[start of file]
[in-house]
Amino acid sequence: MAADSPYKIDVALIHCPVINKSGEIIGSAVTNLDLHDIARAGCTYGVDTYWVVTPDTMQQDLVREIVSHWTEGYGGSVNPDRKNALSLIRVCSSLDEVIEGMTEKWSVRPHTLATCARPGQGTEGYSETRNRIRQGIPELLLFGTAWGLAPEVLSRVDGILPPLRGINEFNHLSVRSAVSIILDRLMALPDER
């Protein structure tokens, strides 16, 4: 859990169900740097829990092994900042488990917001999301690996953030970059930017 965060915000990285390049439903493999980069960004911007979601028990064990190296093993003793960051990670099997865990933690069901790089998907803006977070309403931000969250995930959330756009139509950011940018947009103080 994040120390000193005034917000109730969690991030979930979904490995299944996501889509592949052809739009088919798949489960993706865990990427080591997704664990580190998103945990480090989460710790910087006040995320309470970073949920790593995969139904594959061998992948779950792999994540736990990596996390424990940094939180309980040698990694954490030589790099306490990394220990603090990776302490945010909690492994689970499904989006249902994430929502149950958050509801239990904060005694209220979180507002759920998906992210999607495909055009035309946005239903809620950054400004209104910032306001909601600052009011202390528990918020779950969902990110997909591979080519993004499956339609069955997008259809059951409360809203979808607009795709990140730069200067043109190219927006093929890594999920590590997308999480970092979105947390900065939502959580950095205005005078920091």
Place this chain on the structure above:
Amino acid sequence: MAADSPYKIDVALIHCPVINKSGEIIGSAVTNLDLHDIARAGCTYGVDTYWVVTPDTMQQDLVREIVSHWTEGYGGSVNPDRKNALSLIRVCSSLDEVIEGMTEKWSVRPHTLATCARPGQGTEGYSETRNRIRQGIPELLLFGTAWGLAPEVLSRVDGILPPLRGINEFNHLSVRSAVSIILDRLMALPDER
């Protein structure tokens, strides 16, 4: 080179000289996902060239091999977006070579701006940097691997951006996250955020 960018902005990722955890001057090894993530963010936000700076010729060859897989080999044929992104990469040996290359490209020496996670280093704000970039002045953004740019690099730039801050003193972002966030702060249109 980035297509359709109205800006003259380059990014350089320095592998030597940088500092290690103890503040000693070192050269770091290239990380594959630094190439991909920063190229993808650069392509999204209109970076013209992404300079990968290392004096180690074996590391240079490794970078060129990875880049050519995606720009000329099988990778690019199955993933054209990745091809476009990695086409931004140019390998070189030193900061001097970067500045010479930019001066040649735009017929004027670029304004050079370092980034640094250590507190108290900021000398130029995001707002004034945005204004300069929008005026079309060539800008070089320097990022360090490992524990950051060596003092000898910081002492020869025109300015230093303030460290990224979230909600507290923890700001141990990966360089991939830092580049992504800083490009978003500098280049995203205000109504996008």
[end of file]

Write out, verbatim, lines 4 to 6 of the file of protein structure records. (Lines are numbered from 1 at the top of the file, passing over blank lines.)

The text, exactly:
Place this chain on the structure above:
Amino acid sequence: MAADSPYKIDVALIHCPVINKSGEIIGSAVTNLDLHDIARAGCTYGVDTYWVVTPDTMQQDLVREIVSHWTEGYGGSVNPDRKNALSLIRVCSSLDEVIEGMTEKWSVRPHTLATCARPGQGTEGYSETRNRIRQGIPELLLFGTAWGLAPEVLSRVDGILPPLRGINEFNHLSVRSAVSIILDRLMALPDER
């Protein structure tokens, strides 16, 4: 080179000289996902060239091999977006070579701006940097691997951006996250955020 960018902005990722955890001057090894993530963010936000700076010729060859897989080999044929992104990469040996290359490209020496996670280093704000970039002045953004740019690099730039801050003193972002966030702060249109 980035297509359709109205800006003259380059990014350089320095592998030597940088500092290690103890503040000693070192050269770091290239990380594959630094190439991909920063190229993808650069392509999204209109970076013209992404300079990968290392004096180690074996590391240079490794970078060129990875880049050519995606720009000329099988990778690019199955993933054209990745091809476009990695086409931004140019390998070189030193900061001097970067500045010479930019001066040649735009017929004027670029304004050079370092980034640094250590507190108290900021000398130029995001707002004034945005204004300069929008005026079309060539800008070089320097990022360090490992524990950051060596003092000898910081002492020869025109300015230093303030460290990224979230909600507290923890700001141990990966360089991939830092580049992504800083490009978003500098280049995203205000109504996008």